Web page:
On Tue, 07 Sep 2004 08:27:11 GMT, Terry Olson <tw******@hotmail.com> wrote:
I am using Regular Expressions, I tried putting just a simple \ in front
of it; as in /\$/g and that seems to work, anyone got a better idea?


That *is* how to do it. The only way, in fact. :)

Mike
Please don't top-post.

--
Michael Winter
Replace ".invalid" with ".uk" to reply by e-mail.
Jul 23 '05 #4

P: n/a
Michael Winter wrote:
On Tue, 07 Sep 2004 08:27:11 GMT, Terry Olson <tw******@hotmail.com>
wrote:
I am using Regular Expressions, I tried putting just a simple \ in front
of it; as in /\$/g and that seems to work, anyone got a better idea?


That *is* how to do it. The only way, in fact. :)

Mike
Please don't top-post.


This works fine for me:

$str1 = '$Hello! All the dollars $ should $ be replaced by $ **';
$str2 = ereg_replace ( '\$', '**', $str1);

echo "str1= $str1<br>";
echo "str2= $str2<br>";
Jul 23 '05 #5

P: n/a
Erwin Moller wrote:
Michael Winter wrote:
On Tue, 07 Sep 2004 08:27:11 GMT, Terry Olson <tw******@hotmail.com>
wrote:
I am using Regular Expressions, I tried putting just a simple \ in front
of it; as in /\$/g and that seems to work, anyone got a better idea?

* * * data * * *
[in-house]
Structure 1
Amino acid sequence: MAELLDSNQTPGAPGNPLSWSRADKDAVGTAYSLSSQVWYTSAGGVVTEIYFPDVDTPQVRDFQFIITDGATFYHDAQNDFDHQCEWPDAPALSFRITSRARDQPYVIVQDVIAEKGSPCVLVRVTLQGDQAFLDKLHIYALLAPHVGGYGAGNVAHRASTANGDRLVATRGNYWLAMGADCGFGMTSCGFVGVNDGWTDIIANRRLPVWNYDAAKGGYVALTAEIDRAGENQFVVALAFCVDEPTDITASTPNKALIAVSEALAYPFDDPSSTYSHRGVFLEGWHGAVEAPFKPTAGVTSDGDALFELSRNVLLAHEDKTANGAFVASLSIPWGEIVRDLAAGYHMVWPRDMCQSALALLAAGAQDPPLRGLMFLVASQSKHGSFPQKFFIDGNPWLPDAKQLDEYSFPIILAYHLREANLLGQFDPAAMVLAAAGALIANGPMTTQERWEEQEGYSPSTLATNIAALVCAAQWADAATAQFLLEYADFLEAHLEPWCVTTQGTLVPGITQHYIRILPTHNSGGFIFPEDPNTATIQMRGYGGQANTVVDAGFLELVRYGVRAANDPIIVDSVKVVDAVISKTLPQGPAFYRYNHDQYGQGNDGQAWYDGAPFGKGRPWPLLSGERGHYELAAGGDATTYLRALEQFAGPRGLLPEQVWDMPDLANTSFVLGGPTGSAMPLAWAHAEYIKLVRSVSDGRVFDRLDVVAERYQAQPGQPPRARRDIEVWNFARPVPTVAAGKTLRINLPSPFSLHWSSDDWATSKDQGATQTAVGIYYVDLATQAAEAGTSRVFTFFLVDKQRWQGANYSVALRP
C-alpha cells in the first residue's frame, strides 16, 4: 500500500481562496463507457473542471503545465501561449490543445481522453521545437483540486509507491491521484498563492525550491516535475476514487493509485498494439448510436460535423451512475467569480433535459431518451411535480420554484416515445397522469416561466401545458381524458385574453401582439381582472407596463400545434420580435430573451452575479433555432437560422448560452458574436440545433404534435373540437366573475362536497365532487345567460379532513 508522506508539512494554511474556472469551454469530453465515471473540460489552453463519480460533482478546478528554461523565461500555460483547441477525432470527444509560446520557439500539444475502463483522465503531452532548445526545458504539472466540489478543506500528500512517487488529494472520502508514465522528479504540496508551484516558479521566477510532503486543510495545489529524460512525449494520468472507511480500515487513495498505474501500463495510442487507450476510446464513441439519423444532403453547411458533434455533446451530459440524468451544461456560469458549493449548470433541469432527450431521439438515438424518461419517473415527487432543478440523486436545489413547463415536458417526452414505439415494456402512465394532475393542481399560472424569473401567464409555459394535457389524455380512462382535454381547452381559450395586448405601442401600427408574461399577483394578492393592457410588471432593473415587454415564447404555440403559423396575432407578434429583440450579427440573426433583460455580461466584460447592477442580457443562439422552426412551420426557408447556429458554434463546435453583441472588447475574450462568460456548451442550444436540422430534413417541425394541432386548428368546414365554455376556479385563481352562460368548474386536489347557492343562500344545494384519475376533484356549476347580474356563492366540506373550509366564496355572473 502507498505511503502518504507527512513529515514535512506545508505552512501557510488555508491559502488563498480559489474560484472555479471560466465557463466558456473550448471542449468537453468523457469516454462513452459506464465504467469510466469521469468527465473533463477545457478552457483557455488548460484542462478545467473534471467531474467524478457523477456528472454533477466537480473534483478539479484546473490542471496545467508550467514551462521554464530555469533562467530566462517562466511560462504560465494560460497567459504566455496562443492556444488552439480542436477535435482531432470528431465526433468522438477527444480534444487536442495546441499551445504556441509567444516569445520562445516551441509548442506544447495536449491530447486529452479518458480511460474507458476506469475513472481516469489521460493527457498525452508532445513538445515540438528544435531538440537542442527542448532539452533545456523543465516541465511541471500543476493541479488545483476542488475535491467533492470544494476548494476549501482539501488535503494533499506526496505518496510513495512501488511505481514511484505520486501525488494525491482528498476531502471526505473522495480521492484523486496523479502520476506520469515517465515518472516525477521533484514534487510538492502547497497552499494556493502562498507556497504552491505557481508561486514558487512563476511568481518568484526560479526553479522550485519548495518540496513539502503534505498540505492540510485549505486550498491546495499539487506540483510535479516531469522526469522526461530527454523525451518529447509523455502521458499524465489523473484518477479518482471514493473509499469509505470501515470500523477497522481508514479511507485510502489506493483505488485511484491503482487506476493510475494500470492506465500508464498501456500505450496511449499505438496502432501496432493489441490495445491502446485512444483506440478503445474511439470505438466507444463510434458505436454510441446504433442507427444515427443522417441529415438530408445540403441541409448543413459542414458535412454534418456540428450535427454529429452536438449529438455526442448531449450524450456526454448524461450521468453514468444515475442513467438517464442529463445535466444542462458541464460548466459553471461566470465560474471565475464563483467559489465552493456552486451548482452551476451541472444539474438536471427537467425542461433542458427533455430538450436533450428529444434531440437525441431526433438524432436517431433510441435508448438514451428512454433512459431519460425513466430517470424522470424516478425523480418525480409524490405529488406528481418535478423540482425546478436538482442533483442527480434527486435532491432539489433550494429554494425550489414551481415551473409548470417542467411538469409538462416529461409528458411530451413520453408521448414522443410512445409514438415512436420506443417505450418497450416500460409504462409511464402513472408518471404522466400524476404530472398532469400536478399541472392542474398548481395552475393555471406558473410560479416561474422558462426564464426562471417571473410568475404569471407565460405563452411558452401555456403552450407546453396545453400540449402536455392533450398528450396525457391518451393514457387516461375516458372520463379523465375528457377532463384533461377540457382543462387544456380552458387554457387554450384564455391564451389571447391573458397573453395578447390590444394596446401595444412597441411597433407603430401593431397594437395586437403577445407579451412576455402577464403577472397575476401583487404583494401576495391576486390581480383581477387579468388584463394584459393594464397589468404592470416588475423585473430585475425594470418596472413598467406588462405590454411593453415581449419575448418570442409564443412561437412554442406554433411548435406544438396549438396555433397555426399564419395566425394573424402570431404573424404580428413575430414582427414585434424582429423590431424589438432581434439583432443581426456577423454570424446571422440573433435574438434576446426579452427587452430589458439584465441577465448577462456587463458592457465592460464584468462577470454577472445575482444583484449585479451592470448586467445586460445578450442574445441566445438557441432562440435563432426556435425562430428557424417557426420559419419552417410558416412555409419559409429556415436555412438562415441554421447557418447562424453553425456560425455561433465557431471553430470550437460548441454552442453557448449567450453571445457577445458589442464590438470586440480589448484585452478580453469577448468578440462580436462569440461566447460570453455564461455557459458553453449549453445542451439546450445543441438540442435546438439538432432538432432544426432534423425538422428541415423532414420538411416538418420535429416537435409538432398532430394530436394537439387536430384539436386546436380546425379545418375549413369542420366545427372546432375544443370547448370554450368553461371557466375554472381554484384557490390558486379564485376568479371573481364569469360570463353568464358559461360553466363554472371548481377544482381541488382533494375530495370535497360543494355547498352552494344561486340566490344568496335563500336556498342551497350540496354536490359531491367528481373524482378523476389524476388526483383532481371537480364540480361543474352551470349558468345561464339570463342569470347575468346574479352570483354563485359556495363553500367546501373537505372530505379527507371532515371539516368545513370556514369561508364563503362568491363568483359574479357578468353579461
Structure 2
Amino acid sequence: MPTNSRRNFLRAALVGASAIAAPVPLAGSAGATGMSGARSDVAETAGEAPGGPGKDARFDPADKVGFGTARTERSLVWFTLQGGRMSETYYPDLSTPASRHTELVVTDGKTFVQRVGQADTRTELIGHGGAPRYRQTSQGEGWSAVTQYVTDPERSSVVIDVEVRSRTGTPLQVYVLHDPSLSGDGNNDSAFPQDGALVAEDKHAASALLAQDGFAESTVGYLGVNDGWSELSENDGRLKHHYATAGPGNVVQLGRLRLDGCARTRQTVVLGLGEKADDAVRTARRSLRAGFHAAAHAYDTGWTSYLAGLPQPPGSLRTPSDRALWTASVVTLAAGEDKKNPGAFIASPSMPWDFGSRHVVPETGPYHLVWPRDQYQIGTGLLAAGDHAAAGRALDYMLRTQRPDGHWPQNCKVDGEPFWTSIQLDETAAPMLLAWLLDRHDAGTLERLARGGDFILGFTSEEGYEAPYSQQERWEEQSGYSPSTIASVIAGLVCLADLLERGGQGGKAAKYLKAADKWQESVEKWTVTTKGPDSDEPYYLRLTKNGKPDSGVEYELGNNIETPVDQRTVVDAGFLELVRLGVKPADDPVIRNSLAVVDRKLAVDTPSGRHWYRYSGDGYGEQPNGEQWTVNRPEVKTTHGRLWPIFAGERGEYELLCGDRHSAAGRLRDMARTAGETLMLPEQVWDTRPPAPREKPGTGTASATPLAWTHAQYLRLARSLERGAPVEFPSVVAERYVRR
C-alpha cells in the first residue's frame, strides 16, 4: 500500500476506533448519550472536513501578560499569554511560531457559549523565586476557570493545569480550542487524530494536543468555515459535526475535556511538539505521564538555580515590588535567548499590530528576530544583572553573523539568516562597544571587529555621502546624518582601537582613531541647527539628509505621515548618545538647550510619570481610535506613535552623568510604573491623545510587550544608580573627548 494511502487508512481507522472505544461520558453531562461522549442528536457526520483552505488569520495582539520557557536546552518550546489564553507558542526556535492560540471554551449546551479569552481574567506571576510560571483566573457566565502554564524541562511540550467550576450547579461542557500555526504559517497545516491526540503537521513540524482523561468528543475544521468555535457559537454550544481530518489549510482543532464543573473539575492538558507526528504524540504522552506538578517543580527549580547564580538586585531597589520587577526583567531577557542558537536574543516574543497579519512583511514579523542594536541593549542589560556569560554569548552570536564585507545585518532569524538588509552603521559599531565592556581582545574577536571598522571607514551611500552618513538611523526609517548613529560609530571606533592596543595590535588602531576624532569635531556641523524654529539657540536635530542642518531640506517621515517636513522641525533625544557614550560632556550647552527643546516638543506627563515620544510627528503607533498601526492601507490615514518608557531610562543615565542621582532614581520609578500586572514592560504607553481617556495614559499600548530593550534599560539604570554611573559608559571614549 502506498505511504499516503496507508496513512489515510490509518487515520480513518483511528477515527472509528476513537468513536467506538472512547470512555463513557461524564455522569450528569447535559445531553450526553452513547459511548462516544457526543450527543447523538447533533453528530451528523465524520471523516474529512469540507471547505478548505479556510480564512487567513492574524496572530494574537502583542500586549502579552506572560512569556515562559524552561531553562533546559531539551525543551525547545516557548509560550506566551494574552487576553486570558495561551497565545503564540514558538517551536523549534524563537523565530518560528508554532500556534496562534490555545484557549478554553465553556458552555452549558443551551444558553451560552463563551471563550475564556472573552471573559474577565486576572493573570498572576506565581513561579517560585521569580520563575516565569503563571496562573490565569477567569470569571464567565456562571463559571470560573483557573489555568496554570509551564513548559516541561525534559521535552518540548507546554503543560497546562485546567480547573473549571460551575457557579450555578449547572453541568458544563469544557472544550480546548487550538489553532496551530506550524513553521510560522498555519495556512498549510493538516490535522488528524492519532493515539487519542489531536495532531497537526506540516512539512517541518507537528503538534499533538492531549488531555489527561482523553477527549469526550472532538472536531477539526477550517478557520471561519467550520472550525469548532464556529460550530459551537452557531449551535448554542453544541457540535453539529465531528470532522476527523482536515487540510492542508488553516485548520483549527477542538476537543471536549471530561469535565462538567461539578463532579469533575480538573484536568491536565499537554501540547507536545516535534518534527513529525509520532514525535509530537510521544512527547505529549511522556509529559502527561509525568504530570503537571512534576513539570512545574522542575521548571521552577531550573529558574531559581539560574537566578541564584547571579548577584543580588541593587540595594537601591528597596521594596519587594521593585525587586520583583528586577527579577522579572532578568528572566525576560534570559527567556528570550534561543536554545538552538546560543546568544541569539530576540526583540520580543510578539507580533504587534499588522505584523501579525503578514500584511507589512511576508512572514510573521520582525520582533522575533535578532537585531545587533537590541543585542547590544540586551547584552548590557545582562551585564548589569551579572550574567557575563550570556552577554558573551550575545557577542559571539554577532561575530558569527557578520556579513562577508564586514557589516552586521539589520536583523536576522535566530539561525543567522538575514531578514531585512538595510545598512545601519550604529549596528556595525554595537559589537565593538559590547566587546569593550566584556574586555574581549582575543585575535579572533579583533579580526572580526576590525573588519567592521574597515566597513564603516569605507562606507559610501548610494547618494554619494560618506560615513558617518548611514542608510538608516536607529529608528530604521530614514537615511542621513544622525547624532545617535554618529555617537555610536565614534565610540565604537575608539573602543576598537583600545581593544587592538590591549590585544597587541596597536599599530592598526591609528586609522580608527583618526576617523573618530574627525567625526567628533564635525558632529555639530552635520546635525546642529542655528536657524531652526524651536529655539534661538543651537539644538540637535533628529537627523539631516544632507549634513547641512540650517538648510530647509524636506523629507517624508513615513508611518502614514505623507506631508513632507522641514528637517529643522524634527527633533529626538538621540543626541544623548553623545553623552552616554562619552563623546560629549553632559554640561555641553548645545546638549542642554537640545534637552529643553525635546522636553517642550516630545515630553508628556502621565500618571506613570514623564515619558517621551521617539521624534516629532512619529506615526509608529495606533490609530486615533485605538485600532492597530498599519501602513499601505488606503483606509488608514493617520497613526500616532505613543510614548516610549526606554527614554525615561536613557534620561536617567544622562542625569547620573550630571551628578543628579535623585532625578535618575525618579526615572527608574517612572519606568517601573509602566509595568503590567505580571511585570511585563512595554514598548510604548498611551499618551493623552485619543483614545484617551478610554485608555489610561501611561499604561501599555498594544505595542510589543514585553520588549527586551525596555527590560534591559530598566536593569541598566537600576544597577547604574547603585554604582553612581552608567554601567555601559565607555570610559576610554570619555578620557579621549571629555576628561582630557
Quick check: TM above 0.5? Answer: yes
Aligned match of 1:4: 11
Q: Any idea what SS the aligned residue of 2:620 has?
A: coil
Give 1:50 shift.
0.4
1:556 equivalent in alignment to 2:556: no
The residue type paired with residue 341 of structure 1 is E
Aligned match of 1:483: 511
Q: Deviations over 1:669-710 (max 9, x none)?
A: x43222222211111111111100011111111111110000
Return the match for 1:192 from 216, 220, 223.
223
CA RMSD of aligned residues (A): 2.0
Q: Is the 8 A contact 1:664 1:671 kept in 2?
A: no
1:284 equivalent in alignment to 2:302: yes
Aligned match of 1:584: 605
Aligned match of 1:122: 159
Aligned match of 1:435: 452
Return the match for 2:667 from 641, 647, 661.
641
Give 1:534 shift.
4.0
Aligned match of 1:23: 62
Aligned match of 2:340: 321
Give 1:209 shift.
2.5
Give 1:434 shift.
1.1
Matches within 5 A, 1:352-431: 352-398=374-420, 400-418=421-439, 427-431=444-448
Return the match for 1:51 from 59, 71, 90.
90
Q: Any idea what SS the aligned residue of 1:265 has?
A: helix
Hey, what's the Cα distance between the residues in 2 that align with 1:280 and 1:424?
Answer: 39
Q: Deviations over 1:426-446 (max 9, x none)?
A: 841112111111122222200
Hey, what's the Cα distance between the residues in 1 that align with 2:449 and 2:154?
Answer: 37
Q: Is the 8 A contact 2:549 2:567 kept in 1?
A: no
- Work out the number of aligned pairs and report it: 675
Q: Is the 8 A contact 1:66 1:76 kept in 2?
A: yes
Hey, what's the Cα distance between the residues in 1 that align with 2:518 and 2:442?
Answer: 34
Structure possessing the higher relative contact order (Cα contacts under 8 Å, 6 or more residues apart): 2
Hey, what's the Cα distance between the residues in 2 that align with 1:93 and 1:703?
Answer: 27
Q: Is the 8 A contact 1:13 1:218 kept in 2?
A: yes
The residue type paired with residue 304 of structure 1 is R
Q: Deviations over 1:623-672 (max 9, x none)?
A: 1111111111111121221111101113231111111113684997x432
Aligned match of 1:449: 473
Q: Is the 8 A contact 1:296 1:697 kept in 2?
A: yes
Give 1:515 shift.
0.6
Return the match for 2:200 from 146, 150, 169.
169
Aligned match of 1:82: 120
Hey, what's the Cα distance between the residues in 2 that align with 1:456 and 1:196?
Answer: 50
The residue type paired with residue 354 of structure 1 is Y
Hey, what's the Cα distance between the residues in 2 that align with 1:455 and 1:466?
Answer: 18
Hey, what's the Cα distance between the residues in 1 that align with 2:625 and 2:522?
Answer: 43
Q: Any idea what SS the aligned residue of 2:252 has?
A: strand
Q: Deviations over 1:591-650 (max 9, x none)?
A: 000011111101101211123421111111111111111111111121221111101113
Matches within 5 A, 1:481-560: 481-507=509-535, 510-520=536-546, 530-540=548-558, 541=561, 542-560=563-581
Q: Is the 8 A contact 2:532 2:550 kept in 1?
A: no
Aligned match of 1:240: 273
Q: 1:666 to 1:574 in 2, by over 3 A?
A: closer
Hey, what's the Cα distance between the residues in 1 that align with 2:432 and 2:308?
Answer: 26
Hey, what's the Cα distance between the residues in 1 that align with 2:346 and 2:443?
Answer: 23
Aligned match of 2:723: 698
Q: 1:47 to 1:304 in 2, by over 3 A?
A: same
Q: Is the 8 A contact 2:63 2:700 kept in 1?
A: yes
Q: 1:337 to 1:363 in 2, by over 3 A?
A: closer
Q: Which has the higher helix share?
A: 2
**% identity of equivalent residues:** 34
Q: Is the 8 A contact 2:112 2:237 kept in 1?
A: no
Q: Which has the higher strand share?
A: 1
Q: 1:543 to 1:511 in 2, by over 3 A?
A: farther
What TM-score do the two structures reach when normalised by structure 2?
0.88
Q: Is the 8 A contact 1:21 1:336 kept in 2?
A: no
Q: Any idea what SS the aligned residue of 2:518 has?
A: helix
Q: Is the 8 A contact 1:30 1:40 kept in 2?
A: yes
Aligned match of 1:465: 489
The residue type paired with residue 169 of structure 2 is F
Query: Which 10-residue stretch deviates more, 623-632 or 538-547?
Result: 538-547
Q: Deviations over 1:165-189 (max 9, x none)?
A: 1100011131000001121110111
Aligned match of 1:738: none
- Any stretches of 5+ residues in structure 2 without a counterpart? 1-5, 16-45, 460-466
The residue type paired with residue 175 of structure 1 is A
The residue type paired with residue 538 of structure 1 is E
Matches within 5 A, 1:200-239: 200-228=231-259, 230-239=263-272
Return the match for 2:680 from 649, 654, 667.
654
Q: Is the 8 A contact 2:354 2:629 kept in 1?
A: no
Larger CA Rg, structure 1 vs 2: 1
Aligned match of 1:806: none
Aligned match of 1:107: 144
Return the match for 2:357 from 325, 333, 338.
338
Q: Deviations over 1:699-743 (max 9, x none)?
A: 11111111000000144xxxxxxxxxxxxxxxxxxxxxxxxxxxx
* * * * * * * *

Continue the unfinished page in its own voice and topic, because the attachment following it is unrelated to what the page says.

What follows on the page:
That *is* how to do it. The only way, in fact. :)

Mike
Please don't top-post.


This works fine for me:

$str1 = '$Hello! All the dollars $ should $ be replaced by $ **';
$str2 = ereg_replace ( '\$', '**', $str1);

echo "str1= $str1<br>";
echo "str2= $str2<br>";


Oops, sorry, that was PHP of course. :-)
Excuse me.
Jul 23 '05 #6

P: n/a
On Tue, 07 Sep 2004 12:30:30 +0200, Erwin Moller
<si******************************************@spam yourself.com> wrote:
Michael Winter wrote:
On Tue, 07 Sep 2004 08:27:11 GMT, Terry Olson <tw******@hotmail.com>
wrote:
I am using Regular Expressions, I tried putting just a simple \ in
front of it; as in /\$/g and that seems to work, anyone got a better
idea?
That *is* how to do it. The only way, in fact. :)


[snip]
$str1 = '$Hello! All the dollars $ should $ be replaced by $ **';